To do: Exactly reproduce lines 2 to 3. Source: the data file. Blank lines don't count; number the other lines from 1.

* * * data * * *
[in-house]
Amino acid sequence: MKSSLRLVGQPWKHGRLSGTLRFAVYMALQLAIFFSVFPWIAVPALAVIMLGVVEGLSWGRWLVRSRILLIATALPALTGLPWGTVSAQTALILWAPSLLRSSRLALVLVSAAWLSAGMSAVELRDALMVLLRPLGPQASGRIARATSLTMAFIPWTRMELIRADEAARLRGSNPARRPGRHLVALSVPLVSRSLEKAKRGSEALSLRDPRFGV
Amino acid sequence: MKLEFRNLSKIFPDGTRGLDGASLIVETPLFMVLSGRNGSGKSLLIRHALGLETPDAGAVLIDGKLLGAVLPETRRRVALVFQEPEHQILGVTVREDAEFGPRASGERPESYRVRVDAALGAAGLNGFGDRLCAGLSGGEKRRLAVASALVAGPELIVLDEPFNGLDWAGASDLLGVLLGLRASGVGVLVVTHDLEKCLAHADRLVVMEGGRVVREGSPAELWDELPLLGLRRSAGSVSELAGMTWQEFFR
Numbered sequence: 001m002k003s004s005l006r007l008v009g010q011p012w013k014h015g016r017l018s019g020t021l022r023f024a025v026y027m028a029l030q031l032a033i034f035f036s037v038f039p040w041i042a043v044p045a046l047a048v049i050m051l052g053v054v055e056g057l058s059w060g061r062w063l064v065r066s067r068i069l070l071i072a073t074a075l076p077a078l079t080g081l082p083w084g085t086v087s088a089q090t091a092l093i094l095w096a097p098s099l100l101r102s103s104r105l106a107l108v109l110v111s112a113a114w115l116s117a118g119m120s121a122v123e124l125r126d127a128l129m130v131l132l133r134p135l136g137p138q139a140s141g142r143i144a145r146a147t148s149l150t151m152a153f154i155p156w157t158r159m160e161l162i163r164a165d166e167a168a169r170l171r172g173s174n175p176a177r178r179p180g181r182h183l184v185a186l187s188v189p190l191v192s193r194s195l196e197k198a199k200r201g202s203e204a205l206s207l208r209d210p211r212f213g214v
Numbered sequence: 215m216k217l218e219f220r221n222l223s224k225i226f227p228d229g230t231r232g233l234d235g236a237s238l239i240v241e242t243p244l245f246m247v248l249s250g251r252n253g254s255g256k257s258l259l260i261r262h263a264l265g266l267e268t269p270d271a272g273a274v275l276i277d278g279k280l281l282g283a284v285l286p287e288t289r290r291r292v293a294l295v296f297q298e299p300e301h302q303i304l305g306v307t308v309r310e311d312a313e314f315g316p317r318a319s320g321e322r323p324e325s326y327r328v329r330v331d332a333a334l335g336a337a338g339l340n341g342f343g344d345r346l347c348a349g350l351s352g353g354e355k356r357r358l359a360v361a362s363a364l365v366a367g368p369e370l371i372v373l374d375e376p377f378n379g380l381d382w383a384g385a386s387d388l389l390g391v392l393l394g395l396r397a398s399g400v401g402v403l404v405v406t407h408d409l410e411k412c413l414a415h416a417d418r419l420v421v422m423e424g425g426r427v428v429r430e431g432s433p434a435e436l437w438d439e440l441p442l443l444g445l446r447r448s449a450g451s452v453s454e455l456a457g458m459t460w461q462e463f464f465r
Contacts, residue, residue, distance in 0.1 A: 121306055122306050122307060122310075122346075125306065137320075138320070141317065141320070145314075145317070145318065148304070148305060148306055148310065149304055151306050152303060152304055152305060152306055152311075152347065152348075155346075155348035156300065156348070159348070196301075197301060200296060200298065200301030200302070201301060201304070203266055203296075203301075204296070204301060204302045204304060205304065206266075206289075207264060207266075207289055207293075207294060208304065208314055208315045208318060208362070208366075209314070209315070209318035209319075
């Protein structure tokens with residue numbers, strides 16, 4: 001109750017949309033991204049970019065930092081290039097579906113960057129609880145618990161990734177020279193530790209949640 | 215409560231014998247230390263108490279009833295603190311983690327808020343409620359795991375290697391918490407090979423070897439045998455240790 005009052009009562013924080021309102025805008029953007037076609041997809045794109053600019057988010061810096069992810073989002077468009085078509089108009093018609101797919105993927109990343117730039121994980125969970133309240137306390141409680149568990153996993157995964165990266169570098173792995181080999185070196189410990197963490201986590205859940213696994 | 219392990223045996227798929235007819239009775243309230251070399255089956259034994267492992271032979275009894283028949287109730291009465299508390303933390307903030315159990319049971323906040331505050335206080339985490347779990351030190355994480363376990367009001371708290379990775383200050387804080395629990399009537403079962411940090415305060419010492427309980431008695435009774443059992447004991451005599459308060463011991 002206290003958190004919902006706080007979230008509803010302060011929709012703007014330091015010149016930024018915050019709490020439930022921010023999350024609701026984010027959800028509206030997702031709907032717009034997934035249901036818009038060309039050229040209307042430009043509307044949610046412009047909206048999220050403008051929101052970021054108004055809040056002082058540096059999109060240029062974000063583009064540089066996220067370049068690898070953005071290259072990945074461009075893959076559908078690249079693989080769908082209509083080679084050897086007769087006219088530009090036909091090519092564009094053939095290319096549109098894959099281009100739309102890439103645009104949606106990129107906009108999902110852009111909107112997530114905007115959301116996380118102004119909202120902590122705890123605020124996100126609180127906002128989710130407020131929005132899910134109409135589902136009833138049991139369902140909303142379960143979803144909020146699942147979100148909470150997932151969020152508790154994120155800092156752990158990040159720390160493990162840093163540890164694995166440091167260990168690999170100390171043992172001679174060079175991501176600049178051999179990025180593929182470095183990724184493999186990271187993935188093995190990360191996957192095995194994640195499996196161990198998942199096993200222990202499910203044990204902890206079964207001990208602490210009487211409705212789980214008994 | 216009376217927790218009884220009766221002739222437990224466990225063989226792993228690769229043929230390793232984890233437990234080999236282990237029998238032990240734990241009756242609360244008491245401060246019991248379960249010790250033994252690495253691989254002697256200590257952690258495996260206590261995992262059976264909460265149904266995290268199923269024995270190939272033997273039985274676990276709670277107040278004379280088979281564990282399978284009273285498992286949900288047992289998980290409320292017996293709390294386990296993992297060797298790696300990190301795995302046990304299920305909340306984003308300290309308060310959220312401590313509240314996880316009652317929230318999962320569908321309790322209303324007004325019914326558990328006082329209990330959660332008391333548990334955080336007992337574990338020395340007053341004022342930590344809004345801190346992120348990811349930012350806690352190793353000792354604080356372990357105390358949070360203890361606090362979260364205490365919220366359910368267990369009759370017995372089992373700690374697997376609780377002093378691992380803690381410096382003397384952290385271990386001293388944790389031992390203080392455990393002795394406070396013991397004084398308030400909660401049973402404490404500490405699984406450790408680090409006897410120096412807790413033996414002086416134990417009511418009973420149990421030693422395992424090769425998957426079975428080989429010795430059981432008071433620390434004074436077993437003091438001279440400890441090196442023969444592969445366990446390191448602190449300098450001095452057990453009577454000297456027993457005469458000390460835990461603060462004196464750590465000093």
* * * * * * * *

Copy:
Amino acid sequence: MKSSLRLVGQPWKHGRLSGTLRFAVYMALQLAIFFSVFPWIAVPALAVIMLGVVEGLSWGRWLVRSRILLIATALPALTGLPWGTVSAQTALILWAPSLLRSSRLALVLVSAAWLSAGMSAVELRDALMVLLRPLGPQASGRIARATSLTMAFIPWTRMELIRADEAARLRGSNPARRPGRHLVALSVPLVSRSLEKAKRGSEALSLRDPRFGV
Amino acid sequence: MKLEFRNLSKIFPDGTRGLDGASLIVETPLFMVLSGRNGSGKSLLIRHALGLETPDAGAVLIDGKLLGAVLPETRRRVALVFQEPEHQILGVTVREDAEFGPRASGERPESYRVRVDAALGAAGLNGFGDRLCAGLSGGEKRRLAVASALVAGPELIVLDEPFNGLDWAGASDLLGVLLGLRASGVGVLVVTHDLEKCLAHADRLVVMEGGRVVREGSPAELWDELPLLGLRRSAGSVSELAGMTWQEFFR